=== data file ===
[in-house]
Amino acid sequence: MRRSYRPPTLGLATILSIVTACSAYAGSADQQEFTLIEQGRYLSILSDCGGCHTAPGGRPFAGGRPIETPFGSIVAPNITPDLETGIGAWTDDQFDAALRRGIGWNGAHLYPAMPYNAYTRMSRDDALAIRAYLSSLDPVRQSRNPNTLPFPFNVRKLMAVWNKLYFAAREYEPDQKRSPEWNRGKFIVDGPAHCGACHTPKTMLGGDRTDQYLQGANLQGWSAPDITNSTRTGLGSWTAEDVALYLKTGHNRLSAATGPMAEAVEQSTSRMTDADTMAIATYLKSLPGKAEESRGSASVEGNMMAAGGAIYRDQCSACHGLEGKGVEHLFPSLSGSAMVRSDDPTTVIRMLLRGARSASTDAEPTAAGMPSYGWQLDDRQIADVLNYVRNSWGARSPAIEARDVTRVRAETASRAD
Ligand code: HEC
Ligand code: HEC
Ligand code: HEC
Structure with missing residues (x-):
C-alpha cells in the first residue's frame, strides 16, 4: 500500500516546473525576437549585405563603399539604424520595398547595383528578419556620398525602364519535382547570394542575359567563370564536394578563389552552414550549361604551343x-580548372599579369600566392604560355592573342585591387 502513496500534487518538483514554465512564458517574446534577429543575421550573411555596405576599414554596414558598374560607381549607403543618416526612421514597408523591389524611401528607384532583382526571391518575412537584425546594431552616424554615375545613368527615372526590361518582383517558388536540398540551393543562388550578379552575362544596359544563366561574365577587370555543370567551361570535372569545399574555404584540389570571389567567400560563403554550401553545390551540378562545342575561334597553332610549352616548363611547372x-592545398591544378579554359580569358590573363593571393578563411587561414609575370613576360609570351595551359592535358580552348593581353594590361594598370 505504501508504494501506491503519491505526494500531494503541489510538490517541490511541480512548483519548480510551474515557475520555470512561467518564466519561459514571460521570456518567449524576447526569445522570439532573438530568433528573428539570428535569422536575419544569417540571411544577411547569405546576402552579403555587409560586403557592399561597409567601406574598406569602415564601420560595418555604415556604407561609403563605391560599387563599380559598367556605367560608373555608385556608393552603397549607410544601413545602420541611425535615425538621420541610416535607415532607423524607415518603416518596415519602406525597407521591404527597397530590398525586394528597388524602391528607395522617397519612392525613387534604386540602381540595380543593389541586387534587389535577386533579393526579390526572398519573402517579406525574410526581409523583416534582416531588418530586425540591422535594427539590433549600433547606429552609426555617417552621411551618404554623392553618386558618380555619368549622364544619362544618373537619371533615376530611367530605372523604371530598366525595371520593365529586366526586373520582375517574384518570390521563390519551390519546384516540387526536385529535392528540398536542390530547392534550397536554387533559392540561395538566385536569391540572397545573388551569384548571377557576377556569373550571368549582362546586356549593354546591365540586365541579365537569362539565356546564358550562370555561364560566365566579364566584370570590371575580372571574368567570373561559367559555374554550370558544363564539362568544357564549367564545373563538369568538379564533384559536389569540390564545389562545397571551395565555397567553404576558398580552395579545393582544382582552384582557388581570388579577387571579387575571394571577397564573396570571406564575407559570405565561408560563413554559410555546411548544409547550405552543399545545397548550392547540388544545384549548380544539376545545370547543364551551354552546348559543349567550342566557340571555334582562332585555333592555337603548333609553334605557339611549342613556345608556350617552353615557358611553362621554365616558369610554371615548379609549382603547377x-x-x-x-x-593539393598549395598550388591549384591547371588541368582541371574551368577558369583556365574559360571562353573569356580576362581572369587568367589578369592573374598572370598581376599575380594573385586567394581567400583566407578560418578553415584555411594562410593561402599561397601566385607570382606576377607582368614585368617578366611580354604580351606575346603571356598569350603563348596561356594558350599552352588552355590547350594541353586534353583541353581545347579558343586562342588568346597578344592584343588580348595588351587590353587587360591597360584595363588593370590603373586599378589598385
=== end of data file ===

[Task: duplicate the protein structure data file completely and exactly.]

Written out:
[in-house]
Amino acid sequence: MRRSYRPPTLGLATILSIVTACSAYAGSADQQEFTLIEQGRYLSILSDCGGCHTAPGGRPFAGGRPIETPFGSIVAPNITPDLETGIGAWTDDQFDAALRRGIGWNGAHLYPAMPYNAYTRMSRDDALAIRAYLSSLDPVRQSRNPNTLPFPFNVRKLMAVWNKLYFAAREYEPDQKRSPEWNRGKFIVDGPAHCGACHTPKTMLGGDRTDQYLQGANLQGWSAPDITNSTRTGLGSWTAEDVALYLKTGHNRLSAATGPMAEAVEQSTSRMTDADTMAIATYLKSLPGKAEESRGSASVEGNMMAAGGAIYRDQCSACHGLEGKGVEHLFPSLSGSAMVRSDDPTTVIRMLLRGARSASTDAEPTAAGMPSYGWQLDDRQIADVLNYVRNSWGARSPAIEARDVTRVRAETASRAD
Ligand code: HEC
Ligand code: HEC
Ligand code: HEC
Structure with missing residues (x-):
C-alpha cells in the first residue's frame, strides 16, 4: 500500500516546473525576437549585405563603399539604424520595398547595383528578419556620398525602364519535382547570394542575359567563370564536394578563389552552414550549361604551343x-580548372599579369600566392604560355592573342585591387 502513496500534487518538483514554465512564458517574446534577429543575421550573411555596405576599414554596414558598374560607381549607403543618416526612421514597408523591389524611401528607384532583382526571391518575412537584425546594431552616424554615375545613368527615372526590361518582383517558388536540398540551393543562388550578379552575362544596359544563366561574365577587370555543370567551361570535372569545399574555404584540389570571389567567400560563403554550401553545390551540378562545342575561334597553332610549352616548363611547372x-592545398591544378579554359580569358590573363593571393578563411587561414609575370613576360609570351595551359592535358580552348593581353594590361594598370 505504501508504494501506491503519491505526494500531494503541489510538490517541490511541480512548483519548480510551474515557475520555470512561467518564466519561459514571460521570456518567449524576447526569445522570439532573438530568433528573428539570428535569422536575419544569417540571411544577411547569405546576402552579403555587409560586403557592399561597409567601406574598406569602415564601420560595418555604415556604407561609403563605391560599387563599380559598367556605367560608373555608385556608393552603397549607410544601413545602420541611425535615425538621420541610416535607415532607423524607415518603416518596415519602406525597407521591404527597397530590398525586394528597388524602391528607395522617397519612392525613387534604386540602381540595380543593389541586387534587389535577386533579393526579390526572398519573402517579406525574410526581409523583416534582416531588418530586425540591422535594427539590433549600433547606429552609426555617417552621411551618404554623392553618386558618380555619368549622364544619362544618373537619371533615376530611367530605372523604371530598366525595371520593365529586366526586373520582375517574384518570390521563390519551390519546384516540387526536385529535392528540398536542390530547392534550397536554387533559392540561395538566385536569391540572397545573388551569384548571377557576377556569373550571368549582362546586356549593354546591365540586365541579365537569362539565356546564358550562370555561364560566365566579364566584370570590371575580372571574368567570373561559367559555374554550370558544363564539362568544357564549367564545373563538369568538379564533384559536389569540390564545389562545397571551395565555397567553404576558398580552395579545393582544382582552384582557388581570388579577387571579387575571394571577397564573396570571406564575407559570405565561408560563413554559410555546411548544409547550405552543399545545397548550392547540388544545384549548380544539376545545370547543364551551354552546348559543349567550342566557340571555334582562332585555333592555337603548333609553334605557339611549342613556345608556350617552353615557358611553362621554365616558369610554371615548379609549382603547377x-x-x-x-x-593539393598549395598550388591549384591547371588541368582541371574551368577558369583556365574559360571562353573569356580576362581572369587568367589578369592573374598572370598581376599575380594573385586567394581567400583566407578560418578553415584555411594562410593561402599561397601566385607570382606576377607582368614585368617578366611580354604580351606575346603571356598569350603563348596561356594558350599552352588552355590547350594541353586534353583541353581545347579558343586562342588568346597578344592584343588580348595588351587590353587587360591597360584595363588593370590603373586599378589598385